Tuesday, 13 November 2018

Timeless comfort of ancient truths

HOW are you today? You may or may not be aware that you have got through the most miserable day of the year (Monday, January 15) and are heading, albeit a little slowly, towards the heady joy of spring.

It’s ironic, but not entirely unhelpful, that at a time of year we recognise life’s difficulties, the church is in full celebratory mode in the lovely season we call Epiphany, culminating in the beautifully titled (and very ancient) service of Candlemas, a word you can’t say without having a little smile!

The causes of the sadness at this time of year are pretty obvious and don’t need spelling out but, from a Christian perspective, it is quite tragic that the very thing we’re celebrating (the coming of Christ) has become the cause of so much deep sorrow, caricatured as the “post-Christmas blues” but, more realistically, the result often of material indulgence (food, drink, money, relationships) over the Christmas period.

Like the weather at this time of year, this feeling can get right inside you and is very hard to shift, especially when your football team is languishing dangerously close to relegation (like Southampton FC).

I’m not going to provide annoying platitudes that being a Christian makes you immune from unhappiness (it doesn’t) and my prayers for football currently seem to be going unanswered, but there are certainly broad themes in faith that help.

Many studies in “happiness” tell us that key things are altruism, community and having a sense of something beyond yourself.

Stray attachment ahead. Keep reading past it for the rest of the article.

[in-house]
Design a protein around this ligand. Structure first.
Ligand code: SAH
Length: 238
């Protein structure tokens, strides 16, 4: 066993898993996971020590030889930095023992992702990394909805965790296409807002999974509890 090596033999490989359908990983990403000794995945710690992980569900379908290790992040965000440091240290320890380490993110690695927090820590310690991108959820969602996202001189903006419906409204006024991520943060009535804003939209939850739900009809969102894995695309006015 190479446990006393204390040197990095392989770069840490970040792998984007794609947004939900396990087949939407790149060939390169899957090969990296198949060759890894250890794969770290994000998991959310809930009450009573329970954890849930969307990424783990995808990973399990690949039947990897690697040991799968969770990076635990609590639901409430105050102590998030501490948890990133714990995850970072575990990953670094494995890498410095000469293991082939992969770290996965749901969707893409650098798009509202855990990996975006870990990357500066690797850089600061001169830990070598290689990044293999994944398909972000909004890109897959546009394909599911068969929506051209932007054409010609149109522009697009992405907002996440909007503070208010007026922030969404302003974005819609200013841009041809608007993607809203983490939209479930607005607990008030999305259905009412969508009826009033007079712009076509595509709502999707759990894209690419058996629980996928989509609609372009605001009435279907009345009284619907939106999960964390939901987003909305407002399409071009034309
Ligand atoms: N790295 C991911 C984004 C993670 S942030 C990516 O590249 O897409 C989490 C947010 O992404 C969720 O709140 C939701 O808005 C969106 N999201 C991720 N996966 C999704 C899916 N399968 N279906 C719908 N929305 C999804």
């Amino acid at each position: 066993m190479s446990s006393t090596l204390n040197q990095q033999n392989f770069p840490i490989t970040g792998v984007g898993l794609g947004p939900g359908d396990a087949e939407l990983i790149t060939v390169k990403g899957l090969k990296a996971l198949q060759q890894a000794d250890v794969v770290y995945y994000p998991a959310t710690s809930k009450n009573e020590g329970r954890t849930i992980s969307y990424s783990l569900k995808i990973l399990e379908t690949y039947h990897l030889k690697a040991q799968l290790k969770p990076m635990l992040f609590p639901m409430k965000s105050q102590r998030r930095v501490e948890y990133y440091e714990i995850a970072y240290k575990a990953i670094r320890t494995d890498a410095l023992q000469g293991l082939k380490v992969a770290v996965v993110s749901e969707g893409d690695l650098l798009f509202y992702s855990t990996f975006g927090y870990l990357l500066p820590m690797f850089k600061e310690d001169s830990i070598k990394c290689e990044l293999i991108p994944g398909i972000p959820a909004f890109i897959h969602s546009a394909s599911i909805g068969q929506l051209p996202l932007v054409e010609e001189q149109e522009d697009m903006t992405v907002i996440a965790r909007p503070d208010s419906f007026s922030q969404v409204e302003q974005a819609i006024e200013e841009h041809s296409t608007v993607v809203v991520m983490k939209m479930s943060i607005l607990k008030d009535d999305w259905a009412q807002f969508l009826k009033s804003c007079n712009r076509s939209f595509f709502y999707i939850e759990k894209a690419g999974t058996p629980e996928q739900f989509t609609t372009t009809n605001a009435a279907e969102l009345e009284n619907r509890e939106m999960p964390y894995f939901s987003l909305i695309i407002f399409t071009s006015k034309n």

I read a study once that attributed some of urban unhappiness to the fact that you simply can’t see the stars.

It’s not to say that professional help shouldn’t always be sought when things seem unshiftable, but having a broad sense of a life “beyond ourselves”, for example, doing good to one another, coming together, singing together or reflecting on the big questions (in prayer or meditation), is a powerful way to live and you should find all these things in your church.

You might be surprised to consider your old church a place of contemporary happiness but we are purveyors of some very ancient truths that really have stood the test of time. 

My sense is that more and more people are becoming disillusioned with the (cultural) life they’ve inherited. From the success of the Great British Bake Off and the rise of community shops to the growth of sober movements like dry January, people are re-addressing the fast pace of the internet generation and looking for alternatives.

I’d like to suggest that your local church might be added to the mix and offers a great deal more than you might have thought, although heaven forbid we become “hipster” — that really would be the end!

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